Prostate Cancer

The prostate is a gland in the male reproductive system. It lies just below the bladder (the organ that collects and empties urine) and in front of the rectum (the lower part of the intestine). It is about the size of a walnut and surrounds part of the urethra (the tube that empties urine from the bladder). The prostate gland makes fluid that is part of the semen.

Prostate cancer is most common in older men. In the U.S., about 1 out of 5 men will be diagnosed with prostate cancer.

  • Prostate cancer is a disease in which malignant (cancer) cells form in the tissues of the prostate.
  • Signs of prostate cancer include a weak flow of urine or frequent urination.
  • Tests that examine the prostate and blood are used to detect (find) and diagnose prostate cancer.
  • Certain factors affect prognosis (chance of recovery) and treatment options.



The prostate is the gland below a man’s bladder that produces fluid for semen. Prostate cancer is common among older men. It is rare in men younger than 40. Risk factors for developing prostate cancer include being over 65 years of age, family history, and being African-American.

Symptoms of prostate cancer may include:

  • Problems passing urine, such as pain, difficulty starting or stopping the stream, or dribbling
  • Low back pain
  • Pain with ejaculation

To diagnose prostate cancer, you doctor may do a digital rectal exam to feel the prostate for lumps or anything unusual. You may also get a blood test for prostate-specific antigen (PSA). These tests are also used in prostate cancer screening, which looks for cancer before you have symptoms. If your results are abnormal, you may need more tests, such as an ultrasound, MRI, or biopsy.

Treatment often depends on the stage of the cancer. How fast the cancer grows and how different it is from surrounding tissue helps determine the stage. Men with prostate cancer have many treatment options. The treatment that’s best for one man may not be best for another. The options include watchful waiting, surgery, radiation therapy, hormone therapy, and chemotherapy. You may have a combination of treatments.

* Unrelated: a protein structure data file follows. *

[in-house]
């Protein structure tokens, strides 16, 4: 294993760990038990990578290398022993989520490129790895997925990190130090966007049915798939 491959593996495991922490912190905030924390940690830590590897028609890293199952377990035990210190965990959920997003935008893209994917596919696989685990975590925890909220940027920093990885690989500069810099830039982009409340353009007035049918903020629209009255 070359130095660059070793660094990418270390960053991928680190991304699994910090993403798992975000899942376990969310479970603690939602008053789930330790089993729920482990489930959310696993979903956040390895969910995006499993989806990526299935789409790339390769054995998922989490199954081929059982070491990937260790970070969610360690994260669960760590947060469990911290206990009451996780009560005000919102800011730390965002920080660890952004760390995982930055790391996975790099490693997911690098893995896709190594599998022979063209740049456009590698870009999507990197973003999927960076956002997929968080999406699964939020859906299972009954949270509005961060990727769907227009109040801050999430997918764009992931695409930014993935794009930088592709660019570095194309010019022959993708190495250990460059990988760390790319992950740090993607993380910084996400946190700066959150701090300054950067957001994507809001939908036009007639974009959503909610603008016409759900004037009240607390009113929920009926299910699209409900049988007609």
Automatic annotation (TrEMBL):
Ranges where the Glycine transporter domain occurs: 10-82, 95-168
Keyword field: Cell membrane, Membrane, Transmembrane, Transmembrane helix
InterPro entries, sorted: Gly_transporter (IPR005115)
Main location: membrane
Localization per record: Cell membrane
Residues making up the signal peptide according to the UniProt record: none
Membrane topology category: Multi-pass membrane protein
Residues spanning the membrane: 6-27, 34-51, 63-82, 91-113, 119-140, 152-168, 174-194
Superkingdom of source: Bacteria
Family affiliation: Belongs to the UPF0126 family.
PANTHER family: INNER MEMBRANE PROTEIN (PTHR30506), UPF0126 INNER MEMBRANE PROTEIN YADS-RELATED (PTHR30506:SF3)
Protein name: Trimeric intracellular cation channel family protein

National Cancer Institute

Better treatment

Prostate cancer is the second most common cause of cancer deaths in males and will afflict 1 in 6 men.

Many diagnostic prostate biopsies fail to detect occult cancers because of the difficulty in properly determining the prostate’s anatomy. Approximately 20% of ultrasound image guided prostate biopsies return negative results despite rising levels of prostate-specific antigen (PSA) markers in the blood and the presence of cancer somewhere in the 30+ cc gland. These failures have been attributed by some to the hesitation to sample one of the two major parts of the glands— namely the predilection toward the more easily reached peripheral zone (PZ) over the less accessible central gland (CG). We can outline these two non-overlapping adjacent regions of the gland.

Advancing solutions to this vexing clinical problem will raise awareness about the impact computer image processing can have toward addressing a widespread, critical healthcare puzzle. Open and closed source algorithms applicable to both 1.5T and 3T magnetic resonance images (MRIs) will be most welcome.


MRI of the Prostata gland

The magnetic resonance imaging (MRI) of the prostate gland is the most accurate method to diagnose and confirm prostate cancer requiring treatment. Detection of prostate cancer requiring treatment is more sensitive using the MR technology than the methods used so far, and this test either rules out or confirms particularly the aggressive cancers that have a high mortality. In many cases today, the MRI of the prostate gland can be used for detailed diagnosis as an alternative to biopsy, the surgical removal and testing of the relevant tissue. The investigation gives the following results:

  • the existence of prostate cancer
  • the exact location and size of the cancer focus
  • the spread and growth in the peri-prostatic area
  • the monitoring of growth and aggressiveness of cancer detected (active surveillance)
  • structured reporting according to the PI-RADS classification.

This gives the urologists a precise indication for further diagnostics such as a targeted puncture and treatment of the disease.

prostate cancer segmentation

Multimodal Diagnostics in MRI

Besides the high-resolution image of the prostate gland, the methods of diffusion-weighted imaging (DWI) and the dynamic perfusion-MRT are also used to determine the aggressiveness and the spread of a probable tumor as accurately as possible.

The high field-MRI-spectroscopy is a functional testing method that also contributes to the diagnosis. This determines the relationship between various products of metabolism in the prostate, thus giving more information about the existence of a prostate cancer.